INTRODUCING TOM KERRIDGE: THE MASTER OF REINVENTION
Q: Throughout your career you’ve always done things a little differently. Where do you get your pioneering spirit from?
A: I like very much to look at the simple things, where as a lot of creatives in the food industry try to create something new. I’m actually very driven to recreate, embrace or just improve the simple classics of hospitality. Classic dishes have been around for a long time because people like them. If you can improve, or just edge them forward so they still maintain relevance that is a key focus for my drive. Maybe in a world of innovation, ‘old fashioned’ is the new creative. Also, just saying hello to people is a big thing – we are very pleased and proud that you, as a guest, have come to visit us. We are the lucky ones; it should never be the other way round.
Q: We heard you use a Lexus at the Hand and Flowers – why did you choose Lexus?
A: The Lexus is not only a fantastic car that is comfortable and environmentally friendly, it works very well with our brand ethos at the Hand and Flowers, which is high-end but at the same time accessible. We give people the opportunity to feel special, just like Lexus.
Q: It’s obvious people love your cooking. But what do you love most about food?
A: I like the journey that food goes on, from start to finish. The processes that farmers and producers use to not only rear cattle but grow carrots or look after strawberries. The knowing what time is right for something to be picked or slaughtered, the care and the transportation, the excitement of the raw ingredient coming into the kitchen – all of these things are amazing. You know a young chef is going to be a great one when they are more excited about the raw ingredient coming through the door than the pretty dish on a plate.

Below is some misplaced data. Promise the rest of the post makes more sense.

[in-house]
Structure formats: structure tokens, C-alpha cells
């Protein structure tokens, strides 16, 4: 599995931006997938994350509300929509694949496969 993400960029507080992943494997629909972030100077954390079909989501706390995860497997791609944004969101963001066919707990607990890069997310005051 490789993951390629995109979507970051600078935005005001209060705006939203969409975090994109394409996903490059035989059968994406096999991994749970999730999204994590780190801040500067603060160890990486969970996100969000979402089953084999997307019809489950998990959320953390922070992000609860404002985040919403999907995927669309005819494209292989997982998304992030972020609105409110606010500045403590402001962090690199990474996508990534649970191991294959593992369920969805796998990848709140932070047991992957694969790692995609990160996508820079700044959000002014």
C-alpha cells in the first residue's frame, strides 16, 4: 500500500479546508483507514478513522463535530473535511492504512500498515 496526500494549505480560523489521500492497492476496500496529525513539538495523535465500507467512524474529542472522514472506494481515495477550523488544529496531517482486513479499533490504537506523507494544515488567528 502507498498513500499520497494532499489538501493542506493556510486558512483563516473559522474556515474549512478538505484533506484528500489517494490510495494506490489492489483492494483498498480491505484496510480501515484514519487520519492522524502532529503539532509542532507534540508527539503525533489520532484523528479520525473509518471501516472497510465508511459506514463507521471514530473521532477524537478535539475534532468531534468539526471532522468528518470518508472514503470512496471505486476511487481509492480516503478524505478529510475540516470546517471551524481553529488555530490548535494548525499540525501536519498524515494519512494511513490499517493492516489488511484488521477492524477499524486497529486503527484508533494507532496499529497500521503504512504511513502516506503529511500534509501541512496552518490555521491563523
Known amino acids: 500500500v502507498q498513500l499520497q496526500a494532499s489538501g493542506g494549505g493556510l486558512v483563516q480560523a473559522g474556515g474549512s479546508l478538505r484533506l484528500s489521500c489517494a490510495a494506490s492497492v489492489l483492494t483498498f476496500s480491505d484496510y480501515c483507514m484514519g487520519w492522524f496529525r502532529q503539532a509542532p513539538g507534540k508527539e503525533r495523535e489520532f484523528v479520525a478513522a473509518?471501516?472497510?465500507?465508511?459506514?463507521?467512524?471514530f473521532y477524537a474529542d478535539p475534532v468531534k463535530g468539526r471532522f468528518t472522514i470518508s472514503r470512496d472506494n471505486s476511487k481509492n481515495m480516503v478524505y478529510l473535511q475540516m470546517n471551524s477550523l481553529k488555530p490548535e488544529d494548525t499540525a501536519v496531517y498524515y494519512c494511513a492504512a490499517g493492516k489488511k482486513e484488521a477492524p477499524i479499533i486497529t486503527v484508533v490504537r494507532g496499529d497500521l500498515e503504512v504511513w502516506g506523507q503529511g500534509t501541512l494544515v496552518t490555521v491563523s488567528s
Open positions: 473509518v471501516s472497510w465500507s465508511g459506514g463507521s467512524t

Q: Congratulations on receiving your second Michelin star. How does a pub or restaurant reach Michelin star status?
A: I think the key for us has always been consistency and maintaining our enthusiasm and love for food. I don’t really know the criteria but I know that the food and environment have to feel like they fit. This is the same in all Michelin star restaurants. It is the same in many restaurants that don’t have Michelin stars but where the quality is exceptional. Eating out and food is one of the best things ever. You can have the most fantastic fish and chips take-away sat on a beach in the winter time and it can be one of the most extraordinary experiences. It may be not worthy of a Michelin star but it will be a memory forever.
Q: You’re known as a bit of an innovator. What made you decide to take the pub into the park?
A: It was originally a celebration of the Hand and Flowers’ 10th birthday, but it took us so long to organise, the Hand and Flowers is now 13! It was an exciting way to organise a food festival with all my friends, and drive recognition of the British food scene without the huff and the puff of a posh restaurant. I wanted to make lovely, tasty food accessible in a park – with some great music thrown in.
Q: Professional kitchens are usually high-pressure environments. How do you relax outside of the kitchen?
A: Finding an interest out of work is important, no matter what your job is. For me, I love to go to the gym three to four times a week, as well as swimming. I love spending time with my little boy, too!
Q: And last but not least … which is your proudest achievement: getting a Michelin star or launching Pub in the Park?
A: Pub in the Park is something I am very proud of; it is great fun and around for a few weekends a year. Achieving a Michelin star is a year-old accolade and something that shows how hard the whole team has worked. It’s very close, but it has to be the second star!